Ocean photography captures a world of unknowns miles below the surface. The creatures, their behaviors, and their environments are brilliant subject matters that make arresting images. Underwater photographers, many of them skilled divers, give us a glimpse into these hidden ecosystems, often with the goal of providing photography for ocean conservation.
But in recent years, ocean photography has taken on a role in conservation efforts. Through the fascination that ocean photography inspires, these photographers are attempting to save our oceans.
Elena Kalis is an underwater photographer based in the Bahamas, known for her surreal imagery.
Some of her well-known works feature models underwater fully clothed, behaving as they would on land but instead suspended in shallow waters.
Her work has been featured in magazines worldwide and was recently featured in a campaign for Samsung that demonstrates the underwater photo technology of its cellphones.
Together with her daughter, who has been appointed the first ambassador for Bahamas National Trust, Kalis works in her photography to bring attention to the ocean conservation of her local marine environment in the Bahamas.
An island that depends on tourism for economic stability, there is also a financial imperative to protect its native creatures.
By showcasing the different national parks and reefs around the island through her awe-inspiring photography, Kalis hopes to inspire audiences to join the movement to protect her homeland.
Karim Ilya is the most recent winner of the Marine Conservation category for Underwater Photographer of the Year Competition 2021.
The image ‘Aerial view of a crowded island in Guan Yala’ struck judges for its display of how human beings have consumed land.
Iliya, who is based in Hawaii and Colorado, specializes in photographing whales, threatened wildlife, and delicate ecosystems.
National Geographic Magazine has published his work with humpback whales and aerial photography, using the Ilya’s talents to tell larger stories. Ilya’s work documenting and framing perspective on human impact in the environment continues to stir a sense of urgency in audiences.
Christine Shepard is a researcher, photographer, and, most notably, a shark specialist. Her work researching and photographing sharks moved her into the spotlight as part of the University of Miami’s R.J. Dunlap Marine Conservation program.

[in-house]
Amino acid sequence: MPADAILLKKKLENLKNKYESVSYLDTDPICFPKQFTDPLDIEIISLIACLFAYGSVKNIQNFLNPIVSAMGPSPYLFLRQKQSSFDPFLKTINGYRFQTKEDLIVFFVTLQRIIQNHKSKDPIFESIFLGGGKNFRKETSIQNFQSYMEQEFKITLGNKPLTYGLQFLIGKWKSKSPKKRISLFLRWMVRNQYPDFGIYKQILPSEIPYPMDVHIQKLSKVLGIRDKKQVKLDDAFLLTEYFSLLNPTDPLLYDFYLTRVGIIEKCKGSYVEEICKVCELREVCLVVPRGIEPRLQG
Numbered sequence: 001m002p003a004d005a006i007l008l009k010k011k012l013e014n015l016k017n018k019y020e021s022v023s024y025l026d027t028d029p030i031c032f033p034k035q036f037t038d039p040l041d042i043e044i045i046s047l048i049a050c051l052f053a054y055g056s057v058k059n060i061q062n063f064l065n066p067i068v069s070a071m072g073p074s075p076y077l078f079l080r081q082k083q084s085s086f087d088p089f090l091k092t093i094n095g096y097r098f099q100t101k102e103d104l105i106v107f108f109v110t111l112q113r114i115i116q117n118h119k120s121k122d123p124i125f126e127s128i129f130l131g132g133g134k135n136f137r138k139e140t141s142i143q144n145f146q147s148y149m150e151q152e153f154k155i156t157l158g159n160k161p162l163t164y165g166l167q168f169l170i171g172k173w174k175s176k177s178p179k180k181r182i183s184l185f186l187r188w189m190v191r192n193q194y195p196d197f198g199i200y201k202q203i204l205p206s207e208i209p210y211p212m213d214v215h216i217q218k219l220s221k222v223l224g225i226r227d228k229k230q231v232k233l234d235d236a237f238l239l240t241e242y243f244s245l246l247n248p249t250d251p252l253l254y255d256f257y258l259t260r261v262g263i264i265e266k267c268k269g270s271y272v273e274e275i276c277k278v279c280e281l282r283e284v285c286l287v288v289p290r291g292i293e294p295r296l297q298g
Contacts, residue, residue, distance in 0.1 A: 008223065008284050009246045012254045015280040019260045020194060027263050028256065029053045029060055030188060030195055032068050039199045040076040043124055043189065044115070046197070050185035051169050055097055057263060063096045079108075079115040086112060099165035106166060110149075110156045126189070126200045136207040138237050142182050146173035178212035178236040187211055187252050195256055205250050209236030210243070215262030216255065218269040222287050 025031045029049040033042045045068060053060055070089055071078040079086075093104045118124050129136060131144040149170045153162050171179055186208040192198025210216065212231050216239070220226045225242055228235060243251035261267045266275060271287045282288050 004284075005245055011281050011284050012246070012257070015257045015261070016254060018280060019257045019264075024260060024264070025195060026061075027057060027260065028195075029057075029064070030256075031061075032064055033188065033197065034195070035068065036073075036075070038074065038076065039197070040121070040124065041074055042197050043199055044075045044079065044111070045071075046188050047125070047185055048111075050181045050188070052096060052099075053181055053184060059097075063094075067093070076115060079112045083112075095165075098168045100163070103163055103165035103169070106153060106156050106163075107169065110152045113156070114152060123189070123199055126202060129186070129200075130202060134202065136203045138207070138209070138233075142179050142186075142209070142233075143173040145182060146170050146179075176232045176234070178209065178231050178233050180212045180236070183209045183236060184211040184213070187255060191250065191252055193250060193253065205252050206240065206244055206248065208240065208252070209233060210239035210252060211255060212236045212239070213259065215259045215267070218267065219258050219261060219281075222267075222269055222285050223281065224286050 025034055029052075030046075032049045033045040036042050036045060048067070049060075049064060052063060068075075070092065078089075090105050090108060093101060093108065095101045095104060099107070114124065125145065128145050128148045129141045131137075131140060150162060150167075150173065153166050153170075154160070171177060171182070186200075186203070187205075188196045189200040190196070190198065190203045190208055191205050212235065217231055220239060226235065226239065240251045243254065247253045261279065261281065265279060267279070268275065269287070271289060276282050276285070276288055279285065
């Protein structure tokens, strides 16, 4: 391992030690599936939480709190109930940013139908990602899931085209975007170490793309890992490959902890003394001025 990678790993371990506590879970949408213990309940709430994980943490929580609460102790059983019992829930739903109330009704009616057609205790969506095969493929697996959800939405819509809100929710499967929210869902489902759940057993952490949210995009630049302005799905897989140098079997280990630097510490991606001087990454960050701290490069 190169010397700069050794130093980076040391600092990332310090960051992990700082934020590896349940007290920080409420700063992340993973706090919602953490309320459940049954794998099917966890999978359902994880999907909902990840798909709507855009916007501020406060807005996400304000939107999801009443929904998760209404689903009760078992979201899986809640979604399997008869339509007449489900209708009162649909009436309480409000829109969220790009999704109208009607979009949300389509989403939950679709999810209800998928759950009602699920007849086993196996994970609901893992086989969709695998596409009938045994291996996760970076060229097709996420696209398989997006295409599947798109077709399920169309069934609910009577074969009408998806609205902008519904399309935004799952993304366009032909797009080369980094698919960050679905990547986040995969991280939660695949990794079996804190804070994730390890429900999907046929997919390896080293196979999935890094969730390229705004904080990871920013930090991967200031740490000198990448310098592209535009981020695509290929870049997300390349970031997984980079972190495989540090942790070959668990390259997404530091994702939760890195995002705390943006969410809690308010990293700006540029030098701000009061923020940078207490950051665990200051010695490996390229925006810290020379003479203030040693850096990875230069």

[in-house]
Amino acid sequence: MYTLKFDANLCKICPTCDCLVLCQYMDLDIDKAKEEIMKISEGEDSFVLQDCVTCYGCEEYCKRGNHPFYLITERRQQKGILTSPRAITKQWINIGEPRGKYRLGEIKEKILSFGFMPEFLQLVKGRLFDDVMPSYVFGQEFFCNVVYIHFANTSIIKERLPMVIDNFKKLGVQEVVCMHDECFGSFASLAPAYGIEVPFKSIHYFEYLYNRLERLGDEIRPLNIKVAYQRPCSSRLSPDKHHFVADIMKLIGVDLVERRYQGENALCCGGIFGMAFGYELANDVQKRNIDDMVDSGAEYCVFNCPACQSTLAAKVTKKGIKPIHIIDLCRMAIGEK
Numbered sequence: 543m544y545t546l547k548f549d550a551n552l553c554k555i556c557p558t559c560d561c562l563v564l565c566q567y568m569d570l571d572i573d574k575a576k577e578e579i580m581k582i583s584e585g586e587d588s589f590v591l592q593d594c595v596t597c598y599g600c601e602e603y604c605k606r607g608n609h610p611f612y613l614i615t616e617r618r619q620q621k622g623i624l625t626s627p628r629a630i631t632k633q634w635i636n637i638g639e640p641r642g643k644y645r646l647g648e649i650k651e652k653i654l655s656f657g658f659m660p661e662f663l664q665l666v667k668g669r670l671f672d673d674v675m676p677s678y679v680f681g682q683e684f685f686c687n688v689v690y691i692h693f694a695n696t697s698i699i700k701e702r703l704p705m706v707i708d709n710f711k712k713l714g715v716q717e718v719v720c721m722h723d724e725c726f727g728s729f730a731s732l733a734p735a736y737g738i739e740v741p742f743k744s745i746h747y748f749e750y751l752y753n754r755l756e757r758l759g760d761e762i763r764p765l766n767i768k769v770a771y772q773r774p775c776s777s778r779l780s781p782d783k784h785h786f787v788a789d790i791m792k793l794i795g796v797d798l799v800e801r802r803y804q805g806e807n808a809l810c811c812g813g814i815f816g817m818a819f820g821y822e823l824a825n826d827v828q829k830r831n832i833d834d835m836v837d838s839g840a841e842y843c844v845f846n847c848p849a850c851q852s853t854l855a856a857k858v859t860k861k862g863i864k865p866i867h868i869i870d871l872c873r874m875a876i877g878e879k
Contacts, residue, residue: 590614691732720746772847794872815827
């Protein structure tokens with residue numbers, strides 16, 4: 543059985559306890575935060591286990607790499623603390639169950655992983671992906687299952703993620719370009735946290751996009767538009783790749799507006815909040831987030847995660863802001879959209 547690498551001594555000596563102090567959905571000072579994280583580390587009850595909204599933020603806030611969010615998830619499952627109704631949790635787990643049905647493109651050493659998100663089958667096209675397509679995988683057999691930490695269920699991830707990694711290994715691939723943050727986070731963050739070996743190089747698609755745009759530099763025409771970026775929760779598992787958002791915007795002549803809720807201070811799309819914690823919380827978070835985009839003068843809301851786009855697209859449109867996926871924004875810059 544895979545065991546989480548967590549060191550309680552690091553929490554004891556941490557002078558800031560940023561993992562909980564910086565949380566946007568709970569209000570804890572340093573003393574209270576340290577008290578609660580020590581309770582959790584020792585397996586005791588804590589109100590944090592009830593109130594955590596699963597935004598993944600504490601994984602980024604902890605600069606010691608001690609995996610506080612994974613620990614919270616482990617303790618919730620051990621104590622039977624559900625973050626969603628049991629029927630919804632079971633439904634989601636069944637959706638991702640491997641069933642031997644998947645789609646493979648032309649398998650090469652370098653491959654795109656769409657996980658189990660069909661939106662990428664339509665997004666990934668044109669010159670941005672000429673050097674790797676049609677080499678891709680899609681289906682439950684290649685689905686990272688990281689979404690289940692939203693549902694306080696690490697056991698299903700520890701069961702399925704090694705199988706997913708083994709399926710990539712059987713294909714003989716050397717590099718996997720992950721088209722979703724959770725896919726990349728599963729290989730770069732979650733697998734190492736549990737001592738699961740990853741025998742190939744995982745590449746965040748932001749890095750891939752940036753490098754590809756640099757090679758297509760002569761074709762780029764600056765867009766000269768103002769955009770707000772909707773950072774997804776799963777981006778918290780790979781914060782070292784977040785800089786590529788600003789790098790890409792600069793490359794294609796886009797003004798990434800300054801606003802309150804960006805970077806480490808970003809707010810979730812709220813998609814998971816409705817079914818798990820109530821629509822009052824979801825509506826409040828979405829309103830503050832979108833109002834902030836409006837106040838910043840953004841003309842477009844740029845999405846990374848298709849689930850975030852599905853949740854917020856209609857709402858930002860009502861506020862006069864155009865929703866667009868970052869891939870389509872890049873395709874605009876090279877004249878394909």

The group is an active shark research group, but is set apart from other institutions by the scale of its engagement online. This social media presence features a great deal of Shepard’s critically acclaimed photography.
The vibrant colors and dynamic lines make for brilliant images that compound her work as a researcher. She is passionate about conservation and views her photography as a way to permeate the consciousness of a wider audience.
As a scientist and a photographer in contact with mass media, she is often at the intersection of trying to make something marketable while still keeping it grounded in the facts. For Shepard, being one of many crucial ocean photographers is an uncompromising means of maintaining that integral balance.
Another star from this years Underwater Photographer of the Year Competition 2021, is Renee Capozzola. This photographer took home first place for her piece ‘Shark’s skylight,’ that displays two black tipped reef sharks beneath parallel seagulls in uncanny synchronicity.
Capozzola credits her affinity to French Prolynesia, where this image was created, to its efforts to protect its sharks.
With a background in painting and professional work in biology, Capozzola’s eye is able to capture the larger than life movements of deep sea creatures.
This [‘Shark’s skylight’] is a photograph of hope, a glimpse of how the ocean can be when we give it a chance, thriving with spectacular life both below and above the surface.Judges announcing the winner of the 2021 Underwater Photographer of the Year
She has won over forty international awards, including 2019 United Nations World Oceans Day Photo Competition and ‘USA Photographer of the Year’ in the 2019 World Shootout.
When she is not in the water with the sharks, Capozzola teaches biology in hopes of raising awareness and engagement in combating threats to our marine ecosystems today.
Working out of Australia’s Southwest is Lewis Burnett, recently featured on Ocean Conservancy as a 2020 Photo Contest Winner.
A lifelong interest in life underwater culminated for Burnett when he took his first solo trip around Southeast Asia. Since then, the photographer has been trying to bring about positive change in our marine environments through individual self-awareness.
Burnett credits the crisis in our oceans to the loss of connection between mankind and their natural home. He hopes, by partnering with conservation agencies and continuing to produce vibrant photographs, to inspire others.
The necessity of ocean conservation photographers
Conservation efforts are complicated. With large scale industrial neglect and ever growing consumption, the oceans are not safe.
An impending sense of doom threatens to overtake grassroots efforts to save our marine ecosystems. But these photographers keep a sense of hope alive by dedicating their lives and careers to the ocean. These individuals are stoking consciousness that has the potential to change our reality.